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A reduction in acute thrombotic admissions during a period of unexplained increased deaths and medical admissions in the UK

Published:September 07, 2017DOI:https://doi.org/10.1016/j.ejim.2017.09.007

      Highlights

      • Since 2011 the UK has experienced a period of unexplained higher medical admissions and deaths.
      • The trends in thrombosis appear to defy those seen in other medical diagnoses.
      • A sudden move to lower acute thrombotic admissions has occurred, along with the need for fewer occupied beds.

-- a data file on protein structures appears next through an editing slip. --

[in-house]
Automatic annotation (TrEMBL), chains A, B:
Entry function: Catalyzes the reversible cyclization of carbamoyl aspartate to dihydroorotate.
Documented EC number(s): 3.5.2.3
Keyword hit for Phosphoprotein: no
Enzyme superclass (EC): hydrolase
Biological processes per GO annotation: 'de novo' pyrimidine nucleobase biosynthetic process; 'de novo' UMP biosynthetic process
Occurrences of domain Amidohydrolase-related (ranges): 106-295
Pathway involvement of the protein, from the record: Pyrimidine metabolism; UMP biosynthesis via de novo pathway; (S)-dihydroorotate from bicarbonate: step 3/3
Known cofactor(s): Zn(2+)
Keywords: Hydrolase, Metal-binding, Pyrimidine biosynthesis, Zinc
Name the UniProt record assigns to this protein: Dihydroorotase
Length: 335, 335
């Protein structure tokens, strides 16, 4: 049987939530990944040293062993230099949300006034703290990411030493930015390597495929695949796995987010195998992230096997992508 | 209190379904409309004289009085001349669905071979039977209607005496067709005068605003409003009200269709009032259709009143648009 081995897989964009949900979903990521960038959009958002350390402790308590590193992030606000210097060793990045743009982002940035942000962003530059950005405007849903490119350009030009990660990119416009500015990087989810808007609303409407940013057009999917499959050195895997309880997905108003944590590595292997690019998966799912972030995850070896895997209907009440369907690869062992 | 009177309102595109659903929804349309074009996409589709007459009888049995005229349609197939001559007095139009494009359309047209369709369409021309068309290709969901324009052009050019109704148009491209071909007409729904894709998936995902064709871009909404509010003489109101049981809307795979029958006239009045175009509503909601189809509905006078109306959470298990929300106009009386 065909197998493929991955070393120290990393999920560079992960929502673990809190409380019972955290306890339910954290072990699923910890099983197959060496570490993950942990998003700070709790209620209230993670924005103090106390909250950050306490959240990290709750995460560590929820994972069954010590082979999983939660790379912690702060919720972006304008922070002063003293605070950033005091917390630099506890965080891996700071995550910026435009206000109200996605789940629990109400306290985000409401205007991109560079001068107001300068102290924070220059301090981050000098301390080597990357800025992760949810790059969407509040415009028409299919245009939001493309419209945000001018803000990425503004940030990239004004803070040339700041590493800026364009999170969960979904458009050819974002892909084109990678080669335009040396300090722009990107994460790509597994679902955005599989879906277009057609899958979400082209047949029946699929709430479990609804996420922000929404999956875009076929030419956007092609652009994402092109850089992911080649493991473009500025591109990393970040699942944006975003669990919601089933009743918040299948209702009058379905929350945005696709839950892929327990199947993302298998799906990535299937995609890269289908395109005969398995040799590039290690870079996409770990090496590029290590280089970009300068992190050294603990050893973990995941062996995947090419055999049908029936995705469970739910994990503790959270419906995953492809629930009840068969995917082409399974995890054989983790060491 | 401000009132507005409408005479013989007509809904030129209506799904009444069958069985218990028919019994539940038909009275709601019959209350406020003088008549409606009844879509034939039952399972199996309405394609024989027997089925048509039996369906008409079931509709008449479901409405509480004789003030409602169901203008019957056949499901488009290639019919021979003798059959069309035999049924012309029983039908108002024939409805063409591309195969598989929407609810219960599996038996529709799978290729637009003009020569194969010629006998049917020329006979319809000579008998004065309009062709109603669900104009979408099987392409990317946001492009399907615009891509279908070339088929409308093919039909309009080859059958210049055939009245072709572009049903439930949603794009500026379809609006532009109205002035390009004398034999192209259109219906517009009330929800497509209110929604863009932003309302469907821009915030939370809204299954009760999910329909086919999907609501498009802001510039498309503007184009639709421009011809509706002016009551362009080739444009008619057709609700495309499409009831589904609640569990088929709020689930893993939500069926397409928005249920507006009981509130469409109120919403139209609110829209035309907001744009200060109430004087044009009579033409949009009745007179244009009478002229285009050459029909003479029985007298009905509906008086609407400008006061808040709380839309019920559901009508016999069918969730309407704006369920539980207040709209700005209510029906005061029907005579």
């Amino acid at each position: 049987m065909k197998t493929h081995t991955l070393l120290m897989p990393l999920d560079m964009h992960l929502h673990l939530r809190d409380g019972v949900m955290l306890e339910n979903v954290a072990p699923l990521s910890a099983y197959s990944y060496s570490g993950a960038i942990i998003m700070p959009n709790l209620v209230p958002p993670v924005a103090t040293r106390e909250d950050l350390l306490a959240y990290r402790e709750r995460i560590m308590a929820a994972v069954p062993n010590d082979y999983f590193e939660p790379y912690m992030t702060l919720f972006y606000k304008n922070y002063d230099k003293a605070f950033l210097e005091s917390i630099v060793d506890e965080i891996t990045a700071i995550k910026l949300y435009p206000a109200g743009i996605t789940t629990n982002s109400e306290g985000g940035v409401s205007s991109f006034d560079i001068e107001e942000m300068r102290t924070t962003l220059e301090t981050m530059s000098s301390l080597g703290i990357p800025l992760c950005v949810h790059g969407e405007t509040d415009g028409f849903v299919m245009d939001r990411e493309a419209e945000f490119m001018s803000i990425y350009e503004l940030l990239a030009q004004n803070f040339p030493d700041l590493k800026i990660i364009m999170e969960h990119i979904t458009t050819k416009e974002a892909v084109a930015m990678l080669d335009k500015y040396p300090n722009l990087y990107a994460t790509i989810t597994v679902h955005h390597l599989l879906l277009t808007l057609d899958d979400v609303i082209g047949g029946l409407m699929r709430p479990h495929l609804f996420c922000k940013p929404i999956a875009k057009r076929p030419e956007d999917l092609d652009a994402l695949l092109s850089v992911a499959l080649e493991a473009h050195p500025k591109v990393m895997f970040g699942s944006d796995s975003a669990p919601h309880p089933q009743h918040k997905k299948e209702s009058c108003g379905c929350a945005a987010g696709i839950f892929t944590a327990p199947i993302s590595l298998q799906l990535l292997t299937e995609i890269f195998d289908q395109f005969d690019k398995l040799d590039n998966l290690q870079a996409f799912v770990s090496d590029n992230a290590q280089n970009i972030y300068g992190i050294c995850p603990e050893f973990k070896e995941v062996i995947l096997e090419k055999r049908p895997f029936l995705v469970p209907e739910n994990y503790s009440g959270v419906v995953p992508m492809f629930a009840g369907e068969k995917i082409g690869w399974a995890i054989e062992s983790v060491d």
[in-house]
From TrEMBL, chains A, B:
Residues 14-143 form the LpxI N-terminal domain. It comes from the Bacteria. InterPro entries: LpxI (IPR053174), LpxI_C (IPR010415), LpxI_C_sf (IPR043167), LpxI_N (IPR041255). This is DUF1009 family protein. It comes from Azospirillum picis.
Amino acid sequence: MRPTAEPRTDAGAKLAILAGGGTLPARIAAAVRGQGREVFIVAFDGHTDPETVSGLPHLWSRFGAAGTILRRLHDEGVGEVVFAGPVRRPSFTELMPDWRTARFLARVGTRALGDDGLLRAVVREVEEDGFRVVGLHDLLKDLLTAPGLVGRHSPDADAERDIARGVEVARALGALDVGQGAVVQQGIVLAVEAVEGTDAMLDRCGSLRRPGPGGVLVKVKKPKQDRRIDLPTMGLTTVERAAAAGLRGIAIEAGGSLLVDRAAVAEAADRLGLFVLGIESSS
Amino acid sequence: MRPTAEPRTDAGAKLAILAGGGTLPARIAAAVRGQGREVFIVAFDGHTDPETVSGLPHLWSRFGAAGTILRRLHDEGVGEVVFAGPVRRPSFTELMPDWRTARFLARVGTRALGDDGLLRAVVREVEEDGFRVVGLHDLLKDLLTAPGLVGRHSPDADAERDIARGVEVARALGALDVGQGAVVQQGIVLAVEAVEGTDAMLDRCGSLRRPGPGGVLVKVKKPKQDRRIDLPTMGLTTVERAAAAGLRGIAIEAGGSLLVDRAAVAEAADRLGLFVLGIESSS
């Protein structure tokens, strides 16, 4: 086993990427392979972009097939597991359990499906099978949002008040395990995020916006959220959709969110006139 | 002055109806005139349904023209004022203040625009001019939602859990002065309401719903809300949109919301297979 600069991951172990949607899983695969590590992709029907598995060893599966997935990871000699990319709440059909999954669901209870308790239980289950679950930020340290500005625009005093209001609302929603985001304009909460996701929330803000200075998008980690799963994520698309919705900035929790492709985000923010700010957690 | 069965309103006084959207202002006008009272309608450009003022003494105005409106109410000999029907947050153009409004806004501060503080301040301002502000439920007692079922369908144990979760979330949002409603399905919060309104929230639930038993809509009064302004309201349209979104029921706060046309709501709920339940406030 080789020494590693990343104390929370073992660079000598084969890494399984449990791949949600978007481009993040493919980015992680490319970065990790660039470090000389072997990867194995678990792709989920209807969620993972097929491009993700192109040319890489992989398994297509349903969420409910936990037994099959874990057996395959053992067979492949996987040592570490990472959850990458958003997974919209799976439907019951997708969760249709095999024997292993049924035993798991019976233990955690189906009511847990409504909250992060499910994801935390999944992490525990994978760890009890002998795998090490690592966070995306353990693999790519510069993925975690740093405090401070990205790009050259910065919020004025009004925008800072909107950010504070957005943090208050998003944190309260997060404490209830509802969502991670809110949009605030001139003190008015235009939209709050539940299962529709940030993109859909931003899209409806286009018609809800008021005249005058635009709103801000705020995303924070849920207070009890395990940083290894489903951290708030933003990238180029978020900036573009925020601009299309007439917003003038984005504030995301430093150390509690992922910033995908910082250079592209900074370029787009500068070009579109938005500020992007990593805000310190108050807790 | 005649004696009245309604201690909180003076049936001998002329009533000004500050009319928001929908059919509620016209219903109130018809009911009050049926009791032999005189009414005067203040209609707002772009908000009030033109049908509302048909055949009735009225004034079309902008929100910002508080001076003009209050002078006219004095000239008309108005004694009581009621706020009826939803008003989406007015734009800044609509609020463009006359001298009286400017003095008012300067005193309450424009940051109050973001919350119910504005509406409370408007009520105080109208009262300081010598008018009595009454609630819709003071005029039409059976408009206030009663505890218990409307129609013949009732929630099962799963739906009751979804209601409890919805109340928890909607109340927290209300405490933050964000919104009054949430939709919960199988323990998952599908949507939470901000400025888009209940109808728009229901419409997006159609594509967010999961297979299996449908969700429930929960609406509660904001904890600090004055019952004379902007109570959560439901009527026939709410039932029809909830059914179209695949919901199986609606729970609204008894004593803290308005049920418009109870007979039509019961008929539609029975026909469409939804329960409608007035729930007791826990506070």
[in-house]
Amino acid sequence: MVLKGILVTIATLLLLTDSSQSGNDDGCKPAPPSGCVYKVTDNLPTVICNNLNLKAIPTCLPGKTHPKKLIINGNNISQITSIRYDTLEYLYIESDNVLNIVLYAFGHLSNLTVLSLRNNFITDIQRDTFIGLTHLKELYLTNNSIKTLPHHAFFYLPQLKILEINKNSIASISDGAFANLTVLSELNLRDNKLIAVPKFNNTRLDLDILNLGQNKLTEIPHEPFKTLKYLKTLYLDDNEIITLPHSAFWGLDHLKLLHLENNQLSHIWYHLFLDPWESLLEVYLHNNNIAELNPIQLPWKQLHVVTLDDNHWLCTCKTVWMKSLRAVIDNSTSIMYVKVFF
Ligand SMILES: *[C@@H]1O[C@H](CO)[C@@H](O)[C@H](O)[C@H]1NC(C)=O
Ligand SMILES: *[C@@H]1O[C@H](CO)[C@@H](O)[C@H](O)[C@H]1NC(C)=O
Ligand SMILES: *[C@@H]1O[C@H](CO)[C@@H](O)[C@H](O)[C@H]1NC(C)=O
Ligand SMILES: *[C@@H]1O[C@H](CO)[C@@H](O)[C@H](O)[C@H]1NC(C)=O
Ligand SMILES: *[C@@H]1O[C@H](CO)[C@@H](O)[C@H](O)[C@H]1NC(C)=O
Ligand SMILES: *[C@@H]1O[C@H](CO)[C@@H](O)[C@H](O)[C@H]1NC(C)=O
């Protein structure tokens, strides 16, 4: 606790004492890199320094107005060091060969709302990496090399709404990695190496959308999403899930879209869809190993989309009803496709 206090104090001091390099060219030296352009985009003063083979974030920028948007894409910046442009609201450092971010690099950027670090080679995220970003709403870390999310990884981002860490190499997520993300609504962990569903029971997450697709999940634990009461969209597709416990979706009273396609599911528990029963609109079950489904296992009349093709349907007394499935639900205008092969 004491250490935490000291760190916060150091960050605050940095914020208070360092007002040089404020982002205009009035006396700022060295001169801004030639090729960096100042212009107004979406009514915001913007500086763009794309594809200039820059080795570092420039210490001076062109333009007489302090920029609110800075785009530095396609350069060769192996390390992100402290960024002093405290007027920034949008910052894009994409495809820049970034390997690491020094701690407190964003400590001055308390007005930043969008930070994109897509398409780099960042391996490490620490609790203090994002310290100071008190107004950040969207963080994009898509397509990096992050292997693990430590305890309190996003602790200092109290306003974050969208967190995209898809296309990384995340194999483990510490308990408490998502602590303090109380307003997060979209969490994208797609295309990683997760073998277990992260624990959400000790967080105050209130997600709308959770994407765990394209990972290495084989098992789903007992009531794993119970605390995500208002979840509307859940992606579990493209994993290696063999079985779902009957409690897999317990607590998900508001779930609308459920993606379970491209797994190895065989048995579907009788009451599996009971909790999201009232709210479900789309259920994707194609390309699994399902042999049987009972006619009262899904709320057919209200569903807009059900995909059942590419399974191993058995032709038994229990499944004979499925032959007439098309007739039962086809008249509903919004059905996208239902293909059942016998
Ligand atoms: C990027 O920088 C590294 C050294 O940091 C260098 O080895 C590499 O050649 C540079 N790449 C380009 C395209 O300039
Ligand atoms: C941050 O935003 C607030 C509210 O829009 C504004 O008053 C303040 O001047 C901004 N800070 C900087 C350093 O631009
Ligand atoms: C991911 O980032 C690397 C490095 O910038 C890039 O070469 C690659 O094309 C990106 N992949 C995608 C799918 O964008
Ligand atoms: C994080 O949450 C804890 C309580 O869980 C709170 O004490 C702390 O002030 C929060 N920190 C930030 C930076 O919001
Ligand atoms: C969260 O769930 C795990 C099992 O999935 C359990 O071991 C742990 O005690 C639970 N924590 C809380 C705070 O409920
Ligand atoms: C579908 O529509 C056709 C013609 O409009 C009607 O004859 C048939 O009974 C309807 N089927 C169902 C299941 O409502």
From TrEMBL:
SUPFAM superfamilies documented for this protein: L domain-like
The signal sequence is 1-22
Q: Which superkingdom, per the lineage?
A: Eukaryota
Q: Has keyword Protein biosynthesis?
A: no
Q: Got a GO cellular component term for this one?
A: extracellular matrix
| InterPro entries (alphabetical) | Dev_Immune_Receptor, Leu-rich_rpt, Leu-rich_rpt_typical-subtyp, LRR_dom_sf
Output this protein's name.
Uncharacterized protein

Abstract

      Background

      Since 2011 in England there has been a period of unexplained higher deaths and medical admissions which policy makers have assumed are attributable to the increasing age of the population and the inability of health and social care to limit demand.

      Methods

      Analysis of data obtained from NHS and Office of National Statistics.

      Results

      Contrary to the trends in certain other medical diagnoses those for thrombosis show a shift to lower acute admissions, which mainly occur in the young as a same day stay emergency admission. A reduction in occupied bed days also occurs.

      Conclusion

      A shift in the balance of inflammatory/anti-inflammatory forces may be responsible for this dichotomous behaviour.

      Keywords

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